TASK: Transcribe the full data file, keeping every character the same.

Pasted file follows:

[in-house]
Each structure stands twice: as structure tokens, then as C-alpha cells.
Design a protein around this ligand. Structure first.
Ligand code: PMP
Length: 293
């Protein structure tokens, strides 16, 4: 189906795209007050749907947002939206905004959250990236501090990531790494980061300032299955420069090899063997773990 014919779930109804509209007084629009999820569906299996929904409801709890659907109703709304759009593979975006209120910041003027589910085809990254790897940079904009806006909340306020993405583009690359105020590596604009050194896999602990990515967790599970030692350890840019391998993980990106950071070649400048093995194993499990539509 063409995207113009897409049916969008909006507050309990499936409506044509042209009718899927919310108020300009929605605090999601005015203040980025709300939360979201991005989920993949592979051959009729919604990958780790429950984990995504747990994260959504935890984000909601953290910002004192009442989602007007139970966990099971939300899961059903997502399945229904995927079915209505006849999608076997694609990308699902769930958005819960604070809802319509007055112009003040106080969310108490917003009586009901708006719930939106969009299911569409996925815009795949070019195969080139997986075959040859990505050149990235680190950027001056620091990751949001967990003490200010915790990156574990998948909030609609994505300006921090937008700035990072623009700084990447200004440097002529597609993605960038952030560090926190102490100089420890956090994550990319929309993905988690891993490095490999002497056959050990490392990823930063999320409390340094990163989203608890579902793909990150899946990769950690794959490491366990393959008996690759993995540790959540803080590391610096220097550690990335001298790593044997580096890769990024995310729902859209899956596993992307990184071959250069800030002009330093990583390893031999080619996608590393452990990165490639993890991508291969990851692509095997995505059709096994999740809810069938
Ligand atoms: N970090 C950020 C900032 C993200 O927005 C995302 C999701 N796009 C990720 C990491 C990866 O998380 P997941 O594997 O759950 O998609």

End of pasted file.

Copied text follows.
[in-house]
Each structure stands twice: as structure tokens, then as C-alpha cells.
Design a protein around this ligand. Structure first.
Ligand code: PMP
Length: 293
């Protein structure tokens, strides 16, 4: 189906795209007050749907947002939206905004959250990236501090990531790494980061300032299955420069090899063997773990 014919779930109804509209007084629009999820569906299996929904409801709890659907109703709304759009593979975006209120910041003027589910085809990254790897940079904009806006909340306020993405583009690359105020590596604009050194896999602990990515967790599970030692350890840019391998993980990106950071070649400048093995194993499990539509 063409995207113009897409049916969008909006507050309990499936409506044509042209009718899927919310108020300009929605605090999601005015203040980025709300939360979201991005989920993949592979051959009729919604990958780790429950984990995504747990994260959504935890984000909601953290910002004192009442989602007007139970966990099971939300899961059903997502399945229904995927079915209505006849999608076997694609990308699902769930958005819960604070809802319509007055112009003040106080969310108490917003009586009901708006719930939106969009299911569409996925815009795949070019195969080139997986075959040859990505050149990235680190950027001056620091990751949001967990003490200010915790990156574990998948909030609609994505300006921090937008700035990072623009700084990447200004440097002529597609993605960038952030560090926190102490100089420890956090994550990319929309993905988690891993490095490999002497056959050990490392990823930063999320409390340094990163989203608890579902793909990150899946990769950690794959490491366990393959008996690759993995540790959540803080590391610096220097550690990335001298790593044997580096890769990024995310729902859209899956596993992307990184071959250069800030002009330093990583390893031999080619996608590393452990990165490639993890991508291969990851692509095997995505059709096994999740809810069938
Ligand atoms: N970090 C950020 C900032 C993200 O927005 C995302 C999701 N796009 C990720 C990491 C990866 O998380 P997941 O594997 O759950 O998609």